- Dagger Through a Swallow: A dagger through a swallow signified a lost comrade.
Sailor's Identification Tattoos
- Crossed Anchors: Crossed anchors tattooed in the web of the hand (between the thumb and index finger) were a mark of being a Boatswain Mate, someone who managed all activities relating to marlinspike, deck, boat seamanship, painting, upkeep of ship's external structure, rigging, deck equipment, and boats. Sailors could have it done on the left hand, meaning they had sailed all the oceans, or on the right, meaning they had sailed the Seven Seas.
- Harpoon: This identifies a member of the Fishing Fleet.
- Dolphin: Representing members of the Navy Submarine force (The dolphin is a Submarine Warfare Insignia). (Suggested by commenter “Madkahar” Thank you!)
- Polar Bear: Denotes a Blue Nose sailor, a coveted line-crossing certification and ceremony whereby maritime personnel who’d crossed the Arctic Circle (Northern Domain of the Polar Bear) are awarded. This rite of passage is also known to be a rare opportunity to come by. A polar Bear colored in gold to denotes a surfacing submarine above the fifth parallel, or ice walk [sic] in the arctic. (Suggested by commenter “Madkahar” Thank you!)
- Rope: A rope around the wrist is a mark of being a deckhand, currently or previously. A deckhand is someone who maintains the hull, decks, superstructure, mooring, and cargo handling on a ship.
- Guns or Cross Cannons: Crossed Rifles indicates a member of the Infantry Army while Crossed Cannons refers to a Naval Gunner's Mate—they are normally done as a piece with navy themes in the background or placed where a Boatswain Mate would get their crossed anchors on their hands. (Additional info by commenter “OLD Navy” and “Deck SN” Thank you!)
- Anchor: A single anchor represented the Merchant Marine, a civilian fleet that carried military goods. During World War II, the Merchant Marine entered the war even before the U.S. military joined because they were attacked by a German submarine while delivering war supplies to Britain as part of the Lend-Lease agreement.
Little Red Devils: Symbolic to a Snipe—a term for enlisted men working in “The Pit” or the engine rooms and machinery spaces in the mid-19th century. These men include (broadly): technicians, engineers, control-man, firefighters, machinists and electricians. Back then, Snipes would work on coal-fed steam engines, and due to the atrociously high temperatures of their working space, The Pit was likened to the fiery depths of hell (also fitting since they were located at the bottom of the vessel). The Little Red Devils were a direct representation of Snipes who were very much, “rulers of the Underworld”. (Suggested by commenter “Jim Lynch” Thank you!)
Modern Nautical Polar Bear Tattoo
Tattoo of Girlies for Sailors
- Pin-Up Girls: Life at sea meant leaving behind loved ones, such as wives and girlfriends. The girls tattooed on these men were a reminder of the ladies that waited for their safe return back home.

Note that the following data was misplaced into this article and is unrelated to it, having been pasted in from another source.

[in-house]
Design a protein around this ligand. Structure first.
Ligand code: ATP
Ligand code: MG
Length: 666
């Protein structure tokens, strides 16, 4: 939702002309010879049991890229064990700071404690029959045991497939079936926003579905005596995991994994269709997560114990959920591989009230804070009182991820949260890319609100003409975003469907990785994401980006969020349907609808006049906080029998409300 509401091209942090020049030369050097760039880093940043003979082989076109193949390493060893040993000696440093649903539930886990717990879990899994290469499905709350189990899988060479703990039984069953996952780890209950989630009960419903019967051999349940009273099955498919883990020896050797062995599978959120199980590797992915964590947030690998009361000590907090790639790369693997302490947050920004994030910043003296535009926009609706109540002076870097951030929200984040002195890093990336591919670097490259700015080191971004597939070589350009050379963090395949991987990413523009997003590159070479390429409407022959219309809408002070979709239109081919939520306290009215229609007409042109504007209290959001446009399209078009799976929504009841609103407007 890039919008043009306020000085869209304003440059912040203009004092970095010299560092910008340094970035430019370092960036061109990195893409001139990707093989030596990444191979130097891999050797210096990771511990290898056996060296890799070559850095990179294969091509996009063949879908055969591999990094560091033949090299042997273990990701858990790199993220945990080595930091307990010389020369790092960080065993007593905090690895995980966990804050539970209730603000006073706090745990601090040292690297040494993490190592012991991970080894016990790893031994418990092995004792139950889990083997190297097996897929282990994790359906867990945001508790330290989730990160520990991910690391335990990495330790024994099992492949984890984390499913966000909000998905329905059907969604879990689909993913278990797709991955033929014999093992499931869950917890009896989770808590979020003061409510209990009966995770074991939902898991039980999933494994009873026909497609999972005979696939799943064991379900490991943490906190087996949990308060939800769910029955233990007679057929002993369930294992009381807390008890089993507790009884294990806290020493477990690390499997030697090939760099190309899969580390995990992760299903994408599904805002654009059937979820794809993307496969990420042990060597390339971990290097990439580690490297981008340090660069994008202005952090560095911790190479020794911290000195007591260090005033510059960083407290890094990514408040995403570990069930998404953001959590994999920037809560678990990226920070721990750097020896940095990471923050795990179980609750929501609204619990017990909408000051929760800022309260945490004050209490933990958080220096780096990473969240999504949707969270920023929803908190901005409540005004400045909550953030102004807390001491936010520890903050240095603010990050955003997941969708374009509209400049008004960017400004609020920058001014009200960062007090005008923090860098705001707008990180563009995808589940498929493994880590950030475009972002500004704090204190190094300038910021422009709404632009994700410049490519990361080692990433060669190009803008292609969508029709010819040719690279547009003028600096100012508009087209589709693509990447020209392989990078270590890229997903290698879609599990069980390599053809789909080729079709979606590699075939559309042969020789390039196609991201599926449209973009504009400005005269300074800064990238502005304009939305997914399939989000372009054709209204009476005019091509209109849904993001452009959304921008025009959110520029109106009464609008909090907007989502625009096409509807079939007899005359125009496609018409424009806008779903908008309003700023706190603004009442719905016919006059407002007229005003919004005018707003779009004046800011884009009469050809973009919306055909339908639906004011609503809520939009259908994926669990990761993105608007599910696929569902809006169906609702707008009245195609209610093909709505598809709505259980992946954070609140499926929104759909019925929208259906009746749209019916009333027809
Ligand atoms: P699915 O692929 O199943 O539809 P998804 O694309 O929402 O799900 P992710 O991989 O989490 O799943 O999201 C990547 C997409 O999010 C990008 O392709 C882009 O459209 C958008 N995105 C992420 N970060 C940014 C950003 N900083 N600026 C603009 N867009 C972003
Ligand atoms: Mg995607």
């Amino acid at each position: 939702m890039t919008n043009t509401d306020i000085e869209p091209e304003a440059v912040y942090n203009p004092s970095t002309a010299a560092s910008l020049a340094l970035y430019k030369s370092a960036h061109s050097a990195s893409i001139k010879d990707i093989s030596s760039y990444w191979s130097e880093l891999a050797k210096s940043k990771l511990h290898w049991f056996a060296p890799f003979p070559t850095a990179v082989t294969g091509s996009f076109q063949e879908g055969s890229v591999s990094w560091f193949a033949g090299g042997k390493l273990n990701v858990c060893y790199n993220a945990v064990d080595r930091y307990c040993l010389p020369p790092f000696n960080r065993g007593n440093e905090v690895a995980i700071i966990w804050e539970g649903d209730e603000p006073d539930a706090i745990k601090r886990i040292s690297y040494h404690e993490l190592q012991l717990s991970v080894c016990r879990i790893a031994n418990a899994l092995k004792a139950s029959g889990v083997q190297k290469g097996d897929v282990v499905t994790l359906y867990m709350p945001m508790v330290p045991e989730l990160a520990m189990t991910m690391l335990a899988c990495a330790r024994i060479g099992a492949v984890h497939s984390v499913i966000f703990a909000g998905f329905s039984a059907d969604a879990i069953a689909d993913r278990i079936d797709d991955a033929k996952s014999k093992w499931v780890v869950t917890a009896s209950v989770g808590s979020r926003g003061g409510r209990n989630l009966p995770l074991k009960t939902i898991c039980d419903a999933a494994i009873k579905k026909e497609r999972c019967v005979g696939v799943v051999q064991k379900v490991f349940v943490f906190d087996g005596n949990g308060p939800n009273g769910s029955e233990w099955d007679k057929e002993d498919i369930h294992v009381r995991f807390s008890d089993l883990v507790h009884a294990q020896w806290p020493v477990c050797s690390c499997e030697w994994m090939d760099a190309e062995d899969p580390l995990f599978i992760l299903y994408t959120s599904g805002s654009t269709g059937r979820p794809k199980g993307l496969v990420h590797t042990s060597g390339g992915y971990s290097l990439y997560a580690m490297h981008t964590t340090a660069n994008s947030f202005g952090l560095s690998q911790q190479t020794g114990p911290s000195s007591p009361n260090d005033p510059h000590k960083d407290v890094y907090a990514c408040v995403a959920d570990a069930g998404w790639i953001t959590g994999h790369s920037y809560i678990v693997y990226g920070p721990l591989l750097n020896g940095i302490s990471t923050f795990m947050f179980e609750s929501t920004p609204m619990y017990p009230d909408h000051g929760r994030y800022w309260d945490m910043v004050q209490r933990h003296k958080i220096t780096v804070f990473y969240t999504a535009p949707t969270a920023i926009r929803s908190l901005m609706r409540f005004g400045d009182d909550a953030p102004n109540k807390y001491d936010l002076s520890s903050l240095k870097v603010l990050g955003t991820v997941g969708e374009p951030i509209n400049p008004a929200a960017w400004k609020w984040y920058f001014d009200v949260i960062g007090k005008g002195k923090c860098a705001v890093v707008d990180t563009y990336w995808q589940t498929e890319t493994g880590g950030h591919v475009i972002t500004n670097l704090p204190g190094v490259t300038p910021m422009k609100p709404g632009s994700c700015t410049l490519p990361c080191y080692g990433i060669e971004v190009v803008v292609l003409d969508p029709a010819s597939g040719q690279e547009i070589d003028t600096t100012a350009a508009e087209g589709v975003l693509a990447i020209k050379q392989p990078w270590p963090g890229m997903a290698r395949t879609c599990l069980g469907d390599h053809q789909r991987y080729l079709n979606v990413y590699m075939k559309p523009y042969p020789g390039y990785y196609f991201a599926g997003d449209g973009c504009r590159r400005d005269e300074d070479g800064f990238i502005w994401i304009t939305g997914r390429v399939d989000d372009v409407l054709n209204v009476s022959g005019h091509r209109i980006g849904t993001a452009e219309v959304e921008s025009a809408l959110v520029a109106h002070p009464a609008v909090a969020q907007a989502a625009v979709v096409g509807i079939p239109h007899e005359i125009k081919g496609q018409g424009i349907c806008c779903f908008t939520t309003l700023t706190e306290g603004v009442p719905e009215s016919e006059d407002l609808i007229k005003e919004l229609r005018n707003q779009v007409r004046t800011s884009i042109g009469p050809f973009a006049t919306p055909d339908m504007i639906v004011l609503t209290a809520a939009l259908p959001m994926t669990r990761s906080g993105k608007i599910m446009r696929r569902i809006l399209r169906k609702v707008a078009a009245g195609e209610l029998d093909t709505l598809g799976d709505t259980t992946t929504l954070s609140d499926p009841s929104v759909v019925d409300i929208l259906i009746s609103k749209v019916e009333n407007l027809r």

- Mermaids: These half-women, half-fish creatures were said to seduce sailors into the sea to their eventual death by luring them with their enchanting songs. This was believed to be an analogy for how enticing the sea was, even to men who knew well the dangers associated with it.
- Hula Girls: Hula girls were usually inked on sailors who had been to Hawaii.
Did You Know?
In 1909, the Navy declared that Naval applicants with "obscene" or "indecent" tattoos (i.e. of nude ladies) would be refused and would only be considered after the tattoos were modified. This created a new market for tattoo artists who used their talents to "cover up" the ladies.
Old School Nautical Tattoo Artists and Ideas
Hopefully, the meanings above inspire you and will help you pick out a symbol that resonates best with you and what you're trying to convey with your tattoo. You could then tell your tattoo artist about the icons you'd like in your overall piece. They might have a creative design in mind for an image composition.
If you're looking for some examples, try researching the works of:
- Franklin Paul Rogers
- August “Cap” Coleman
- Norman "Sailor Jerry" Collins
These dudes are the leading pioneers of American traditional tattoos and the tattoo culture in general. They have some really rad old school tattoo designs that you can draw inspiration from.
Do you think that nautical tattoos should only be reserved for sailors & seamen? Does it matter?
- 56% Yes, they've earned it. The tattoos are like a badge of pride.
- 26% No, they're beautiful and anyone can have it.
- 18% Depends, e.g. the daughter of a Navy SEAL can have it as a memento.
Nautical Tattoos From Other Countries
- Celtic Sailor's Knot: This ancient tattoo, also called a Celtic Cross, depicted two intertwined knots and symbolized the affection and devotion between a sailor and his lover.
- Polynesian Tribal Tattoos: These designs mimic the currents of the sea and sometimes incorporate sea animals, like sharks and whales.
Modern Nautical Shoulder Tattoo
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Questions & Answers
I'm researching US tattoo art from the 1860's...any site you'd suggest for photos or design-books from that era?
The National Archives is a great place for historical info and photos.Helpful 5
© 2012 Peony